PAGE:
Statement of Viet D. Dinh
Assistant Attorney General, Office of Legal Policy
Department of Justice
Committee on the Judiciary
United States Senate
December 4, 2001
Good afternoon, Mr. Chairman and Members of the Committee. Thank you for the
opportunity to testify today on the Department of Justices response
to the terrorist attacks of September 11 and our continuing efforts to prevent
and disrupt future terrorist activity.
September 11 was a wake-up call to America and, indeed, to freedom-loving
people around the world. To ensure the safety of our citizens and the security
of our nation against the threat of terrorism, the Department has undertaken
a fundamental redefinition of our mission. The enemy we confront is a multinational
network of evil that is fanatically committed to the slaughter of innocents.
Unlike enemies that we have faced in past wars, this enemy operates cravenly,
in disguise. It may operate through so-called "sleeper" cells, sending
terrorist agents into potential target areas, where they may assume outwardly
normal identities, waiting months, sometimes years, before springing into
action to carry out or assist terrorist attacks. And unlike ordinary criminals
the Department has investigated and prosecuted in the past, terrorists are
willing to give up their own lives to take the lives of thousands of innocent
citizens. We cannot wait for them to execute their plans; the death toll is
too high; the consequences are too great.
To respond to this threat of terrorism, the Department has pursued an aggressive
and systematic campaign that utilizes all information available, all authorized
investigative techniques, and all the legal authorities at our disposal. The
overriding goal of this campaign is to prevent and disrupt terrorist activity
by questioning, investigating, and arresting those who threaten our national
security. In doing so, we take care to discharge fully our responsibility
to uphold the laws and Constitution of the United States. All investigative
techniques we employ are legally permissible under applicable constitutional,
statutory and regulatory standards. As the President and the Attorney General
have repeatedly stated, we will not permit, and we have not permitted, our
values to fall victim to the terrorist attacks of September 11.
Before responding to your questions, I will speak briefly to three areas that
are of interest to this committee. First, the Departments detention
of individuals since September 11; second, the directive that our Anti-Terrorism
Task Forces conduct voluntary interviews of individuals who may have information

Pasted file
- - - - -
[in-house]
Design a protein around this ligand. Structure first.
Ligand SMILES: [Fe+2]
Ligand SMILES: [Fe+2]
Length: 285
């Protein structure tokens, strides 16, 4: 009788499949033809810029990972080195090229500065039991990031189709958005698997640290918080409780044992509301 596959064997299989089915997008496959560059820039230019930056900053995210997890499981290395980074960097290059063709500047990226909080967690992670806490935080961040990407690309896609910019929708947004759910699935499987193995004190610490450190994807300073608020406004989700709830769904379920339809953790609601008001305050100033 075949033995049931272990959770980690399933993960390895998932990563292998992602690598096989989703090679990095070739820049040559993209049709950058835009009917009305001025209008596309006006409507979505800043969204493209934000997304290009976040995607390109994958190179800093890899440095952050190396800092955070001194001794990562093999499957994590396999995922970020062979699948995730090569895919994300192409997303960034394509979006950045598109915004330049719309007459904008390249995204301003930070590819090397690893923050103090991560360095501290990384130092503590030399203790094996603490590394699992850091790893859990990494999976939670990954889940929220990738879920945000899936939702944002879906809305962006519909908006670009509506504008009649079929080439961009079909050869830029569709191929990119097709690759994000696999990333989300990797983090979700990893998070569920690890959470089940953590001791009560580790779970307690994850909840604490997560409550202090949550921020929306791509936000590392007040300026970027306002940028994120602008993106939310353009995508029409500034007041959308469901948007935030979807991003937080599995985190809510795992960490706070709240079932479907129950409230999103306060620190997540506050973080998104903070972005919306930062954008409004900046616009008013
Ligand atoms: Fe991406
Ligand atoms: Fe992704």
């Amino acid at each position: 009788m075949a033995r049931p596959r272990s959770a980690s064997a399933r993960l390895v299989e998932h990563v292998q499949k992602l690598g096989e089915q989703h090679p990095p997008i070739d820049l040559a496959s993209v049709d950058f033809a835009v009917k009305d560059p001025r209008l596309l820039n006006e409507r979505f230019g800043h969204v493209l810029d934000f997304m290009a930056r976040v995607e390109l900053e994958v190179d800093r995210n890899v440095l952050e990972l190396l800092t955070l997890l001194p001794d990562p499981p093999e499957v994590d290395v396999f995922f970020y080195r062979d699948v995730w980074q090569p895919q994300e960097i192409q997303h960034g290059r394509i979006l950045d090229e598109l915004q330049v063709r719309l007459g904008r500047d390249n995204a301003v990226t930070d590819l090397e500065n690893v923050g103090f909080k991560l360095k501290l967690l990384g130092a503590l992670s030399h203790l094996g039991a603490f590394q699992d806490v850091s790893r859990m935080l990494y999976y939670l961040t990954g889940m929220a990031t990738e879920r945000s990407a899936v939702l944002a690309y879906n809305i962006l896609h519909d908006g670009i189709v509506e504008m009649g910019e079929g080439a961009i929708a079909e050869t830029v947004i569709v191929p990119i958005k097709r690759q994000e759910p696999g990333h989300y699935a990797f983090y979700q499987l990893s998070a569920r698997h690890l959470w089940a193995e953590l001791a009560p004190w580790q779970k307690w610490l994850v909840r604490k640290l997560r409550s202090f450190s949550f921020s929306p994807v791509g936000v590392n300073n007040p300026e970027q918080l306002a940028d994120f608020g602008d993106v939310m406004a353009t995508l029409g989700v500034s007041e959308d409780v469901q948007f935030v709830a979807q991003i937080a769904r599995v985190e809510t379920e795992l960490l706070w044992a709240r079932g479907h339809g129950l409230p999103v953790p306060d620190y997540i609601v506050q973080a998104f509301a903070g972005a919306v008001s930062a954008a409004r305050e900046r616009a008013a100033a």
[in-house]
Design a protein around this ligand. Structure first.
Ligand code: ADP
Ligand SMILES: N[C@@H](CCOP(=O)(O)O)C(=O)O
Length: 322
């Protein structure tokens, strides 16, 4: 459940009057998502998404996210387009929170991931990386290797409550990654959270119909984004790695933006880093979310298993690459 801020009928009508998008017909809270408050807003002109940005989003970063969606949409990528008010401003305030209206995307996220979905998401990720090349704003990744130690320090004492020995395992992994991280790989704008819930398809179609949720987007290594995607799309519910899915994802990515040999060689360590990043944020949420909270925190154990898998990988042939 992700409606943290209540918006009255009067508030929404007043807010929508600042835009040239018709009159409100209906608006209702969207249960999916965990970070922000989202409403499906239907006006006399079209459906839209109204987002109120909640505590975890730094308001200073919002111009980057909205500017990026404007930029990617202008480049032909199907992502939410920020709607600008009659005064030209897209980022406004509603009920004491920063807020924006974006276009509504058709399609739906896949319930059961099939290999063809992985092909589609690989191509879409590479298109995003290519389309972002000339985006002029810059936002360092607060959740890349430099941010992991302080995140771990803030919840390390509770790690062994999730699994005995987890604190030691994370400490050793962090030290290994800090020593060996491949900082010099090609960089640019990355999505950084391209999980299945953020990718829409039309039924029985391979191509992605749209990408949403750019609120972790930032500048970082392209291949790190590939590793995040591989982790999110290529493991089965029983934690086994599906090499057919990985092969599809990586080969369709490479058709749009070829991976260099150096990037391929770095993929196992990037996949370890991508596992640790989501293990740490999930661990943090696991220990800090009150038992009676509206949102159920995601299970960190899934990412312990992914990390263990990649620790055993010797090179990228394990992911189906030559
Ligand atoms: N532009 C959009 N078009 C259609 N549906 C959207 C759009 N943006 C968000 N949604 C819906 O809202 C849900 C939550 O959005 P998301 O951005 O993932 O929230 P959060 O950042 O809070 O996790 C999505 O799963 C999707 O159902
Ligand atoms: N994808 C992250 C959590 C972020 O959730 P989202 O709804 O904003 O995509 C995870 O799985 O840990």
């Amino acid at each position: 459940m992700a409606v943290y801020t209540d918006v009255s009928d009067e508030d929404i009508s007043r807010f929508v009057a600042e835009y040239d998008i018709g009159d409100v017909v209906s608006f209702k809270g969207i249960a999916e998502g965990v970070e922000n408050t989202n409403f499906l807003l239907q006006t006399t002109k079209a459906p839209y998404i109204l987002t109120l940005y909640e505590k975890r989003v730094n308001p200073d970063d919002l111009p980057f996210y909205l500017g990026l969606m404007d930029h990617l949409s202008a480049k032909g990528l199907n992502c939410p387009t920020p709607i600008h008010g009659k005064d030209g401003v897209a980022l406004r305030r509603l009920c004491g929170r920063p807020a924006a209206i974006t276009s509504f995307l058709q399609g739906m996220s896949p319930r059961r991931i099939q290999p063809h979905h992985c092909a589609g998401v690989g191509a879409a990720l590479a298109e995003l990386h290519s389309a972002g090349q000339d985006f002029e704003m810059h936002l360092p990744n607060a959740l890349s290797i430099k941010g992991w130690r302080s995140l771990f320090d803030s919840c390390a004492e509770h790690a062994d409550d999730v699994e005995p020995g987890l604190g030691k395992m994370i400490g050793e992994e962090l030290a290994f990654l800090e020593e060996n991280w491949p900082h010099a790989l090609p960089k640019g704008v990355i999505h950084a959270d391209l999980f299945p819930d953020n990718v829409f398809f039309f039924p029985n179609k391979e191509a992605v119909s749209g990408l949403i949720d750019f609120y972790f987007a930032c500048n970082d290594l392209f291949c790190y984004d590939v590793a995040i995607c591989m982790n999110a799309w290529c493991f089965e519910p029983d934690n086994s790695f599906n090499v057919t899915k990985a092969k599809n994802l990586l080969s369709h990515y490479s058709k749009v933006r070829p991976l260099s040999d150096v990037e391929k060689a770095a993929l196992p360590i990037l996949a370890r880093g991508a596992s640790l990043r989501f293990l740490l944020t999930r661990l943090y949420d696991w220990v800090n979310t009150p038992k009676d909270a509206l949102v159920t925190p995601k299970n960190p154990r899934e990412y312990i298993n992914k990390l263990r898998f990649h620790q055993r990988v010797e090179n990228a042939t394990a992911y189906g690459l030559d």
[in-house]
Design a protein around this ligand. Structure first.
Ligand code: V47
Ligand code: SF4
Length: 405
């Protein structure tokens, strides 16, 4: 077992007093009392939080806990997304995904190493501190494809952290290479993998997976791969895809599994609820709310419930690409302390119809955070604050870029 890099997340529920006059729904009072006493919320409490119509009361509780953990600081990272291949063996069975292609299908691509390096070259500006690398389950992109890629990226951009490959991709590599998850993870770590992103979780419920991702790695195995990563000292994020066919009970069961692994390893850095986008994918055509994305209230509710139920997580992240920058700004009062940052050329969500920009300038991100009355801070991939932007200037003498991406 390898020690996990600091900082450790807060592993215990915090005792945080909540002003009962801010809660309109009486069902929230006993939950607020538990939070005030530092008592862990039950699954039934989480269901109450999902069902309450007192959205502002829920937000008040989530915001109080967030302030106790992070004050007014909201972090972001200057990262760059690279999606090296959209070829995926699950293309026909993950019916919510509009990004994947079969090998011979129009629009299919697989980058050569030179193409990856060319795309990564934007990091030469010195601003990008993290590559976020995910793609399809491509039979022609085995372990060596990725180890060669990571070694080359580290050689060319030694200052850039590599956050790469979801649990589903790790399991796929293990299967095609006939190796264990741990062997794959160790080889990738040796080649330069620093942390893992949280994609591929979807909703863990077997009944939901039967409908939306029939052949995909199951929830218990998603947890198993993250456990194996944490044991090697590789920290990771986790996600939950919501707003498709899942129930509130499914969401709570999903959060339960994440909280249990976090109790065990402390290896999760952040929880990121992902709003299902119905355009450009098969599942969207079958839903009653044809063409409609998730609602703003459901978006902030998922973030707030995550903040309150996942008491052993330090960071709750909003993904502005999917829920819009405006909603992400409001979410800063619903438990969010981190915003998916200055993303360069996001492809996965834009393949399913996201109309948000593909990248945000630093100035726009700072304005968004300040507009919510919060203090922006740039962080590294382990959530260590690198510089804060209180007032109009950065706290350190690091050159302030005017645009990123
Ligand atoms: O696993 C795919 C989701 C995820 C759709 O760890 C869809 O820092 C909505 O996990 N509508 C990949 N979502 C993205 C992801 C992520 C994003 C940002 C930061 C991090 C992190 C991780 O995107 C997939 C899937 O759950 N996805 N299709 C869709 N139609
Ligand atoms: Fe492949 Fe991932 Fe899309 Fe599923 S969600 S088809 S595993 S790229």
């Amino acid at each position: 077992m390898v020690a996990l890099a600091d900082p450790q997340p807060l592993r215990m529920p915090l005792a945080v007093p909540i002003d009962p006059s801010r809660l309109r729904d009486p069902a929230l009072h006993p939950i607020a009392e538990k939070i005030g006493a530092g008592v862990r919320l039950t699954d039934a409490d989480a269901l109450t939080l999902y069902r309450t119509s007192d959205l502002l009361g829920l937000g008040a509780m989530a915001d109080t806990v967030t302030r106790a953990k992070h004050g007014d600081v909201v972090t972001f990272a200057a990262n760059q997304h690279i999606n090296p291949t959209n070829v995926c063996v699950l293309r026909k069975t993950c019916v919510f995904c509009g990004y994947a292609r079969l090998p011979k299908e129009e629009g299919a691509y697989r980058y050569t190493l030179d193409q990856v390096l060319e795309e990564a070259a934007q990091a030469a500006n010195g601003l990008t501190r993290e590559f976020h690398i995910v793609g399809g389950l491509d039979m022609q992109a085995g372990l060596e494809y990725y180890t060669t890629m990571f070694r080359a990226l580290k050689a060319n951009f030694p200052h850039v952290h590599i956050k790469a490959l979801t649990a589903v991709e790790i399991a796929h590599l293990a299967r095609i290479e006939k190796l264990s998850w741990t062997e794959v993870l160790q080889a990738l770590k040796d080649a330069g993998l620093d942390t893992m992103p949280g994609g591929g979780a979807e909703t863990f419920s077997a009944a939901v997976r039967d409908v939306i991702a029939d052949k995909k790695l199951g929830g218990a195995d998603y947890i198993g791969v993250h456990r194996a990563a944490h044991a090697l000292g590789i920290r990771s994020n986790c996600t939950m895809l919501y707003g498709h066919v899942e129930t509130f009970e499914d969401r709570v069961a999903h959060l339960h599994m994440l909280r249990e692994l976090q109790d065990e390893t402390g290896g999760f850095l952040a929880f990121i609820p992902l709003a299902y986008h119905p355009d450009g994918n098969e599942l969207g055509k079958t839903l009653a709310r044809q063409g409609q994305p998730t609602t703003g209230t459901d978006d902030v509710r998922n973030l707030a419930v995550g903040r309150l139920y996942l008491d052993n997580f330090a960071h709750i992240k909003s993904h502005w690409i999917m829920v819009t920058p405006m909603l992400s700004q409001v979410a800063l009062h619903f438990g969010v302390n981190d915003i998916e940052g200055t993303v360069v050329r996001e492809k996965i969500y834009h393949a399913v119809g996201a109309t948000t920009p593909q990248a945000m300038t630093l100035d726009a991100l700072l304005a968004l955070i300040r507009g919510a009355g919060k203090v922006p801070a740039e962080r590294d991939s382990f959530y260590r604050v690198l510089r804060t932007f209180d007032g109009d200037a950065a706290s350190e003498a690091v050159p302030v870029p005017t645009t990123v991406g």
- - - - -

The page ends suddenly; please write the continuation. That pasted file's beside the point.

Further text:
relating to our investigation; and finally, the Bureau of Prisons regulation
to permit the monitoring of communications between a limited class of detainees
and their lawyers, after providing notice to the detainees.
With respect to detentions, as of Monday, December 3, there are 608 persons
in federal custody on criminal or immigration charges growing out of our investigation
into the September 11 attacks. Of that total, 55 currently are being held
on federal criminal charges; the remaining 553 are being detained on immigration-related
charges. The Department has charged a total of 105 persons for violations
of federal criminal law. Some of those indictments or complaints have been
filed under seal by order of court. The names and charges against all others
have been publicly released. Every one of these detentions is fully consistent
with established constitutional and statutory authority. Each of the 608 persons
detained has been charged with a violation of either immigration law or criminal
law, or is the subject of a material witness warrant issued by a court.
Every one of these individuals has a right to access to counsel. In the criminal
cases and in the case of material witnesses, the person has the right to a
lawyer at government expense if the he or she cannot afford one. Persons detained
on immigration violations have a right to access to counsel, and the Immigration
and Naturalization Service provides each person with information about available
pro bono representation. Every person detained, whether on criminal or immigration
charges or as a material witness, has the right to make phone calls to family
members and attorneys. No one is being denied their right to talk to their
Under the Immigration and Naturalization Services generally applicable
procedures, detainees enjoy a variety of rights, both procedural and substantive.
Once taken into custody, aliens are given a copy of the "Detainee Handbook,"
which details their rights and responsibilities, including their living conditions,
clothing, visitation, and access to legal materials. In addition, every alien
is given a comprehensive medical assessment, including dental and mental-health
screenings. Aliens are informed of their right to communicate with their nations
consular or diplomatic officers, and the INS will notify those officials that
one of their nationals has been arrested or detained. Aliens are permitted
access to telephoneswhich they may use to contact their family members
or attorneysduring normal waking hours. Finally, Immigration Judges
preside over legal proceedings involving aliens, and aliens have the right
to appeal any adverse decision, first to the Board of Immigration Appeals,